Planting Grass Seed in the Late Fall in Minnesota
If you need to plant your seed later in the fall, just before winter, this would be the time to dormant seed. Dormant seeding basically the same as overseeding, except it’s best done between late October and early December.
When your soil’s temperature measures below 50 degrees, your grass seeds will stop germinating. This means the seed that’s put down in these temperatures will remain dormant until the snow melts and ground temperatures rise in the spring.
Planting Grass Seed in the Spring in Minnesota
While seeding in the spring can have its benefits, such as increased regular rainfall, there are also a few drawbacks. For instance, thunderstorms may wash away grass seed that is freshly sown. This is especially true if planting seeds on a slope.
Plus, seeding in the spring invites more weeds to grow alongside your grass seedlings.
Wrapping Up The Best Time to Plant Grass Seed in Minnesota
The best time to plant grass seed in Minnesota will be during the early fall. However, an established lawn can benefit from overseeding or dormant seeding in late fall. Remembering to take factors such as soil temperature is also essential, as well as ensuring your soil’s adequately prepared for your grass seed. Remember to water daily, and your lawn should look fresh, green, and healthy in the spring season.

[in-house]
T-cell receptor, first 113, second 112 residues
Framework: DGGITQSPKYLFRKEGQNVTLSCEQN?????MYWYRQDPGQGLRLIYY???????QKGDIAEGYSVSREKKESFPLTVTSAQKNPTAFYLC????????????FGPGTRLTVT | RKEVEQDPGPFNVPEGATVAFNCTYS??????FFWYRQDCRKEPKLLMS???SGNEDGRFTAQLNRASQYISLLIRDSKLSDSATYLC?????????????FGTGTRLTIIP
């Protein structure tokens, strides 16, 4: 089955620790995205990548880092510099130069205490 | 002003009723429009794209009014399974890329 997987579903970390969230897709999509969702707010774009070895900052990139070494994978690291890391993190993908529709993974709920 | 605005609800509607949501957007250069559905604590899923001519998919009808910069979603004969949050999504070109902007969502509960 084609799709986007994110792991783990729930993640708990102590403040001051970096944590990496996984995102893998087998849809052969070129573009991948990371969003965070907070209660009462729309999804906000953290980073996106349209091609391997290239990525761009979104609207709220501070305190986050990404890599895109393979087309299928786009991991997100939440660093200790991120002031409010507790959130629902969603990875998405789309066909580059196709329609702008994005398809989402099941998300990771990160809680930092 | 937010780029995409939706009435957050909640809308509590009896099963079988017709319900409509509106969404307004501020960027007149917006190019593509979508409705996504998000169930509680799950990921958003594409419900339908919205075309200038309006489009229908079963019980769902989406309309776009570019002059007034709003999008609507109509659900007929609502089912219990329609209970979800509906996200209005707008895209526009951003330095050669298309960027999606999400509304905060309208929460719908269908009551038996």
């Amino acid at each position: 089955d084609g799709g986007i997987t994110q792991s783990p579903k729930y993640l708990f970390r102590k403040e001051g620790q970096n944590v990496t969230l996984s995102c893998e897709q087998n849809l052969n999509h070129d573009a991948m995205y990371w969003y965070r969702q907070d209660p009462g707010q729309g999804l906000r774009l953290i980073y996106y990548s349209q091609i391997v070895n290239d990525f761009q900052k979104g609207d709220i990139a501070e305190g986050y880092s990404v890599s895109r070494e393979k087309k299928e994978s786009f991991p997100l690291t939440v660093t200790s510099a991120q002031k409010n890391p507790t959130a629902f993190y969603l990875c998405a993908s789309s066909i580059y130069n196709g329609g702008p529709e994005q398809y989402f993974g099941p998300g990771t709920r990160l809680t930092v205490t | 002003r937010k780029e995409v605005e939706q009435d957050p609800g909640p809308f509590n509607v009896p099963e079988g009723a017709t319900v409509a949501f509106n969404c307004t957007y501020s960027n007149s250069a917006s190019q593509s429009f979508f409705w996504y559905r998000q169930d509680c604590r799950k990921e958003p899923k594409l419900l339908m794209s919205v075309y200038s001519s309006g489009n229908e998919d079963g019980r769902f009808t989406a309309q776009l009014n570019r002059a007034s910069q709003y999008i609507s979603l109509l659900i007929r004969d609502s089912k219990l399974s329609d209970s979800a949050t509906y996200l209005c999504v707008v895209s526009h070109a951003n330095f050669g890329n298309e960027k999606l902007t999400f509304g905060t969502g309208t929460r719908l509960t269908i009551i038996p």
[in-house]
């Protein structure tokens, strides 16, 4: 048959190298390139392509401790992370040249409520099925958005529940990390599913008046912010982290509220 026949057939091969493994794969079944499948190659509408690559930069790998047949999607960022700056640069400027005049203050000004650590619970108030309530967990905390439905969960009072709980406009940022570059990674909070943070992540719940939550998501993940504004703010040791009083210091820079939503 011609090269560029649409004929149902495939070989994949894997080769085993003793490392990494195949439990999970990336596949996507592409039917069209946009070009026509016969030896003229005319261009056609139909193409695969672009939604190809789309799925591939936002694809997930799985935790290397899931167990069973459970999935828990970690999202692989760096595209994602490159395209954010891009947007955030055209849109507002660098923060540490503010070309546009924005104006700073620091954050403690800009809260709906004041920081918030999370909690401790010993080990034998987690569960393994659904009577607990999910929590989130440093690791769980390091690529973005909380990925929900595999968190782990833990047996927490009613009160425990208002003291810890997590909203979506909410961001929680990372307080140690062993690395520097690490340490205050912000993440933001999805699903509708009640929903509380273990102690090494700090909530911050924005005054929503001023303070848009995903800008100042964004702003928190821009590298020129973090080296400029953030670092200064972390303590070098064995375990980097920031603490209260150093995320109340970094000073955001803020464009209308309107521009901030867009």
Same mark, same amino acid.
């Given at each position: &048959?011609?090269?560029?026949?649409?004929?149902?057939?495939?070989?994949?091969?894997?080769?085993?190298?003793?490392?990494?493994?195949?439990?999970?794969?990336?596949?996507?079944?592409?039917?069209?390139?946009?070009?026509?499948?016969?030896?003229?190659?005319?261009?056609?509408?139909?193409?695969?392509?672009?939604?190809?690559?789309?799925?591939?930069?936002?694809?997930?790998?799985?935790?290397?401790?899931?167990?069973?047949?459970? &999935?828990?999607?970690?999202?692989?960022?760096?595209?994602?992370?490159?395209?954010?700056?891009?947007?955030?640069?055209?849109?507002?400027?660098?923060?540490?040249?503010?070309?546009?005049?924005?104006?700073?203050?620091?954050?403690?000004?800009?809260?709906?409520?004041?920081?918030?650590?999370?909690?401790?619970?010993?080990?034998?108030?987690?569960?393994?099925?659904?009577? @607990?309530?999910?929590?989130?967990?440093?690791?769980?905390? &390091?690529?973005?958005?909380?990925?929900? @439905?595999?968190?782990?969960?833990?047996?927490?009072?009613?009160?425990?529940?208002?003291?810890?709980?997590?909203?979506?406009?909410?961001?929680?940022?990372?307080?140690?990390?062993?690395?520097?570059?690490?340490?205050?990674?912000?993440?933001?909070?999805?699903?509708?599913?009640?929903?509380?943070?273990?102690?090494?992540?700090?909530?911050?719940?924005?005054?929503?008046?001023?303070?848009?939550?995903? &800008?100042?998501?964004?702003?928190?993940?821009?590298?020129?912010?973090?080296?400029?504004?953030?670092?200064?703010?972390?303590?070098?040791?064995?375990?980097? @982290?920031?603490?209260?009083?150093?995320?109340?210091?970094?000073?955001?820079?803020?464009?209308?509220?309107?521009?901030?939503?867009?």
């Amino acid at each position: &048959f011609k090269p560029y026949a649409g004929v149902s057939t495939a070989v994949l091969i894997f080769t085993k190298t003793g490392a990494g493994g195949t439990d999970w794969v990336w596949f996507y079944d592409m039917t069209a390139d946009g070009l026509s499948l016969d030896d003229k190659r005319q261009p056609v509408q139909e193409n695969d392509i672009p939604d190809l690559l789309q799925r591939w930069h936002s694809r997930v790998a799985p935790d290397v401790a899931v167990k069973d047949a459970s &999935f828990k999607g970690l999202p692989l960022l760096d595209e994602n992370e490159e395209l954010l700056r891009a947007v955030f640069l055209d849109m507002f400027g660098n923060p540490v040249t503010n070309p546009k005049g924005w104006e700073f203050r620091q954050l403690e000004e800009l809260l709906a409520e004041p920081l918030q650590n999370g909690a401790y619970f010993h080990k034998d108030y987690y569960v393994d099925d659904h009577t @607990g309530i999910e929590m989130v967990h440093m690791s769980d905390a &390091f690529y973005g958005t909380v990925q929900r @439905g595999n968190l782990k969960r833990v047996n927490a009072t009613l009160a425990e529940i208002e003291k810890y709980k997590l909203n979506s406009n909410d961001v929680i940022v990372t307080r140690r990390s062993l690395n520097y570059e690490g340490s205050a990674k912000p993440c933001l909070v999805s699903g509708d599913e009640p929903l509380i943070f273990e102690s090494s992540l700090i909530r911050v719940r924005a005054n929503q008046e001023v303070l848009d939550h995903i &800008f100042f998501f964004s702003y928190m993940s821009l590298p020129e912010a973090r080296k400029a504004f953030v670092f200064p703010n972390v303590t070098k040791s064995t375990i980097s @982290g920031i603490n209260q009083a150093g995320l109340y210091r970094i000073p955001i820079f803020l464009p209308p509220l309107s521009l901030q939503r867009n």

Looking to upgrade your outdoor spaces at home? Then find inspiration for your Minnesota backyard with our landscaping ideas, outdoor furniture suggestions, gardening recommendations, and more!
- About the Author
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Born in Madelia, MN, to a now 5-generation Minnesota family, Ryan’s MN roots go deep.
A painter by day, Ryan founded Life in Minnesota in 2013 with his wife Kelly to chronicle their musings on everything Minnesota. Ryan and Kelly are raising their 7 kiddos in Maple Grove, MN.
When he’s not shuttling his kids around to hockey practice, you might find him in the shop working on his leatherwork. Undoubtedly, there will be a family trip to the Boundary Waters Canoe Area every summer, and of course weekends at Grandpa’s cabin up north in the summer.